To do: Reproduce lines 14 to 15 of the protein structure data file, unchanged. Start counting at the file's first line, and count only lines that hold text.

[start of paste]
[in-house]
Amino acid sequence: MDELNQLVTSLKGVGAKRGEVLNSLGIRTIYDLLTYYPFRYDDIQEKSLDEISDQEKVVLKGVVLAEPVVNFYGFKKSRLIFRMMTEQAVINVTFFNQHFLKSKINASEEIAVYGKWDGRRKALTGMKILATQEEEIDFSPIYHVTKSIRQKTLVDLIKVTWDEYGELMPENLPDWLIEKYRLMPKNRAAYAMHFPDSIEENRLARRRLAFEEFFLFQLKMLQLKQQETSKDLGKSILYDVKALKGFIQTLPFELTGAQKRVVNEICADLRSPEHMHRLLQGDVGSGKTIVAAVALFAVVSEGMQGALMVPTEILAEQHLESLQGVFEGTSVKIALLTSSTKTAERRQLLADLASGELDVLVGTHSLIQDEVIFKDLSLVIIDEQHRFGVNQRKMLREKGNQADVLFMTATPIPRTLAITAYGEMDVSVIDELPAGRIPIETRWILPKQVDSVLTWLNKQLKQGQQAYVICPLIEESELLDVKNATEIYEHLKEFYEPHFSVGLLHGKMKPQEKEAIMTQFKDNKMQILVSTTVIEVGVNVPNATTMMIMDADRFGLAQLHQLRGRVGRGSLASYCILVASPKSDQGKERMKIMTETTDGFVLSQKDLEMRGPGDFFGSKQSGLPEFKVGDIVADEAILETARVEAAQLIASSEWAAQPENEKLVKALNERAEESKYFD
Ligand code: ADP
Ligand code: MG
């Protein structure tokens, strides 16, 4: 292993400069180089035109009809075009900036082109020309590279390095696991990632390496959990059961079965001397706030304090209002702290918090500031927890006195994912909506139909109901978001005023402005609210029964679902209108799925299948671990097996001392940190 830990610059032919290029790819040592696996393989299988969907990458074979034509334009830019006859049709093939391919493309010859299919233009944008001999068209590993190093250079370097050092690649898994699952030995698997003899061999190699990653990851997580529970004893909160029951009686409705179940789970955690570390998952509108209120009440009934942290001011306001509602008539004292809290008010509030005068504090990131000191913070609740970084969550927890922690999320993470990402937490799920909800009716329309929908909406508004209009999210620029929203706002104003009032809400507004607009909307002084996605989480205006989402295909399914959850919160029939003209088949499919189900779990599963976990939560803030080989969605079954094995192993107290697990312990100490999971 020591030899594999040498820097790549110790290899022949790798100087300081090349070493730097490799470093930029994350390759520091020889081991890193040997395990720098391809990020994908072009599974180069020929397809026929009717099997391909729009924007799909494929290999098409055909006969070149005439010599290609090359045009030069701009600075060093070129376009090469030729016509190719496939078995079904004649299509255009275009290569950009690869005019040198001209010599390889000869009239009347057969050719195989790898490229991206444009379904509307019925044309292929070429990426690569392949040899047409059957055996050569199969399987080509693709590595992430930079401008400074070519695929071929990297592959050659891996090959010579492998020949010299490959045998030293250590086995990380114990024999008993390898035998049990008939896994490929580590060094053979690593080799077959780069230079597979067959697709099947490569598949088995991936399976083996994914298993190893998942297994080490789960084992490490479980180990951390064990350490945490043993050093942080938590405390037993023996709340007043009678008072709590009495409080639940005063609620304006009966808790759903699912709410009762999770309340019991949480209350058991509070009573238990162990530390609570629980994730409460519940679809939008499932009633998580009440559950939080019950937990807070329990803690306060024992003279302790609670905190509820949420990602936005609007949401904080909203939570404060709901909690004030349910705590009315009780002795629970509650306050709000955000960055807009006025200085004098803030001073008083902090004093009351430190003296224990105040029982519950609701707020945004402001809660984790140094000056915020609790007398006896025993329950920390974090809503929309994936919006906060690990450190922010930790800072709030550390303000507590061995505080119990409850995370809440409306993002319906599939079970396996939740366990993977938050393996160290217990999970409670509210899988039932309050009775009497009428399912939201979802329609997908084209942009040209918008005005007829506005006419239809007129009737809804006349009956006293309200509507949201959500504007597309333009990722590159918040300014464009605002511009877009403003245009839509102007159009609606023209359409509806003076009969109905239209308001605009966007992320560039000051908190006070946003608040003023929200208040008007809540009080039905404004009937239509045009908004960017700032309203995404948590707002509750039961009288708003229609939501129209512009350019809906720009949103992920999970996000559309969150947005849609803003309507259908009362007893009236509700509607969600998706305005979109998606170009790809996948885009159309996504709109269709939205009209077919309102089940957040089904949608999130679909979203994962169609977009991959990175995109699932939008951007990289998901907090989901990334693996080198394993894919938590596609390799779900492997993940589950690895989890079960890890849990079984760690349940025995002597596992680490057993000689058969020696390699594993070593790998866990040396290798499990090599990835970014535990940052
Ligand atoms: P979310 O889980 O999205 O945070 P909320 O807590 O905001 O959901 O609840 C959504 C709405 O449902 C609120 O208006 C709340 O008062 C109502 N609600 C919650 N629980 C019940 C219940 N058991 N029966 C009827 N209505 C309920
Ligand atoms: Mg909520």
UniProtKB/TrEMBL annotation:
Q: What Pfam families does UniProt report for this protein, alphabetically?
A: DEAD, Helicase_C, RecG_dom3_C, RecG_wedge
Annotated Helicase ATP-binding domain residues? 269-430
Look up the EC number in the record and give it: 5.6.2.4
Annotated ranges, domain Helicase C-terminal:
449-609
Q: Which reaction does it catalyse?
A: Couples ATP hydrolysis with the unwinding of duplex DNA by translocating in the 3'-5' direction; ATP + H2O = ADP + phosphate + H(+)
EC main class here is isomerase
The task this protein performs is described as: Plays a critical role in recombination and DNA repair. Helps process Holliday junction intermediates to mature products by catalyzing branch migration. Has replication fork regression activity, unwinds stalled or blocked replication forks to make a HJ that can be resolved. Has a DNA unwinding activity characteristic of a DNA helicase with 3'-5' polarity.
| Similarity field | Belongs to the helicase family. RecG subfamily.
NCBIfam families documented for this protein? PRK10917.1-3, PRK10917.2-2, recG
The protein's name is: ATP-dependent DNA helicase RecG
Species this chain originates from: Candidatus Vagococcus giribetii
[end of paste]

449-609
Q: Which reaction does it catalyse?